Have you ever wanted to write a story, and you had the beginning of an idea, but you didn't know who the antagonist was or what your protagonist wanted, what her goal was?
I've been in that place a few times and it's not fun. The good news is that the more one writes the easier it gets but that is small comfort in the beginning.
The Goal: A One Sentence Summary
I'm going to try something. I'm going to try writing a series of three or four articles, intended for the beginning writer, filled with exercises and pointers to help someone take the raw clay of his imagination and shape it until not only do you know what your story elements are, but you have written a five paragraph, then a one paragraph, then a one sentence summary of your piece.
At least, that's the plan! I hope you folks give me feedback and share your experiences with me along the way.
At the end of this process you won't know everything about the story incubating inside you (why did I just think of the movie Alien? ;), but you'll know the main things:
What We Need To Find Out:
1. Who your protagonist is.
2. What your protagonist wants.
3. What your protagonist's special ability is.
4. What your protagonist's weakness is .
5. Who your antagonist is.
6. What your antagonist wants.
7. What your antagonist's special ability is.
8. What your antagonist's weakness is.
9. What the states are/the cost of failure.
Numbers 2 and 6 must be such that if one goal is achieved the other cannot be. Either the antagonist gets their way and the protagonist loses big time or vice versa.
Ready? Let's get started!
The Starburst Method
We've each developed our own way of writing. For every 10 writers there are 11 methods! No one method is better than any other since the ultimate test is whether a method works for you. Does it help you write? Does it improve either the quality or speed of your work? If so, great!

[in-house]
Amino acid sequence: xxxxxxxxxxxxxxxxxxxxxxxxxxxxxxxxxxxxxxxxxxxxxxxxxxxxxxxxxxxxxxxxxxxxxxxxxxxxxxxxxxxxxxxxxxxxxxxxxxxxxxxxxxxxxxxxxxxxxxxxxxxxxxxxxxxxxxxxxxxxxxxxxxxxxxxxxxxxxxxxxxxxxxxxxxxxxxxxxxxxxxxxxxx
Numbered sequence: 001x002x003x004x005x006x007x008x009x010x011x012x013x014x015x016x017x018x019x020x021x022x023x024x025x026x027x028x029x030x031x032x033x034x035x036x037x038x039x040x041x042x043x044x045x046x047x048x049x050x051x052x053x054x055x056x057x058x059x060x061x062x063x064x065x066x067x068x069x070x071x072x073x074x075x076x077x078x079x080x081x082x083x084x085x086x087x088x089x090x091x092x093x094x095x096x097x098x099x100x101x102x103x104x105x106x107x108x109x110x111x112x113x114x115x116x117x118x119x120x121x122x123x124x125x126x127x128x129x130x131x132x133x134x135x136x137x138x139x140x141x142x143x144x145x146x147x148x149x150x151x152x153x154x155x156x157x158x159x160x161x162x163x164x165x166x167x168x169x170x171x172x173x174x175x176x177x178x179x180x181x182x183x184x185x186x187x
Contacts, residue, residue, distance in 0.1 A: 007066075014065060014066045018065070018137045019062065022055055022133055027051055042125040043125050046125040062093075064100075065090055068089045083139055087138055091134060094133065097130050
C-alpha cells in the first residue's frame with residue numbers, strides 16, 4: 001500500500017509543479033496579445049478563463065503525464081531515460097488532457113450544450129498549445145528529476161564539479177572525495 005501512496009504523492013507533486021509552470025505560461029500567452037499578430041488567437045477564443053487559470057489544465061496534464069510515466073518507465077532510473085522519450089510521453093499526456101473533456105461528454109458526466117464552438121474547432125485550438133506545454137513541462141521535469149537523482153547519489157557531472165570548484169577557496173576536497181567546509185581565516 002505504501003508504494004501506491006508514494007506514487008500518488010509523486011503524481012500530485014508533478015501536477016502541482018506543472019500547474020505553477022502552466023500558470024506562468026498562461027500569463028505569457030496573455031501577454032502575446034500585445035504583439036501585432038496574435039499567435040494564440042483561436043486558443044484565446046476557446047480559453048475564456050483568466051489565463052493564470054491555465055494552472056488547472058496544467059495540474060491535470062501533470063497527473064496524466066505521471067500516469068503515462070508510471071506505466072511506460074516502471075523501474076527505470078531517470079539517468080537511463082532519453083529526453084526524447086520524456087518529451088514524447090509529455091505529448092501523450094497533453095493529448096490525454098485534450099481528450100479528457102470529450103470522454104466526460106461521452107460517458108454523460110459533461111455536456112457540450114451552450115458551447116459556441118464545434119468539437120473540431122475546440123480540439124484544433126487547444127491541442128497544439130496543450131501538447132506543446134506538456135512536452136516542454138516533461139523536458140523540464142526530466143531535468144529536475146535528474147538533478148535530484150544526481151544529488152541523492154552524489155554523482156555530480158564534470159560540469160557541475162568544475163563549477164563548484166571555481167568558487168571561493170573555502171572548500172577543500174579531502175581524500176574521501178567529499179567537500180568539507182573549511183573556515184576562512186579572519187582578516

This method might suit you, and it might not, but if you don't try it out you'll never know.
The Basic Idea: The One Sentence Description
Here's the basic goal: You will work from an initial concept to produce a one sentence description that communicates who the protagonist is, what she wants, as well as the central conflict of your story.
Why one sentence?
There are a number of reasons why you would want to refine and condense your idea until it can be expressed in one eloquent sentence.
1. Keeps you on track
It's easy to start off writing one story and end up writing a completely different one. Many, many, years ago I started off with a female protagonist who had psychic powers and ended up in the wild west with a male protagonist named Bronco Bill. Yes, that's extreme, but it's easy to wander off topic.
Here's a less extreme example: if you don't know where you want to go, what your story is about, you may waste your valuable time creating scenes that don't push the story forward.
Of course an outline helps (see: Mary Robinette Kowal and The Mysteries of Outlining) but condensing your idea down to a one-liner will encourage you to figure out the main themes of your story now--before you spend 200 pages writing a gritty urban fantasy only to discover the romance between your protagonist and her handsome helper is the real story you want to tell.
Trust me, rewrites aren't fun. The fewer you have to do the better.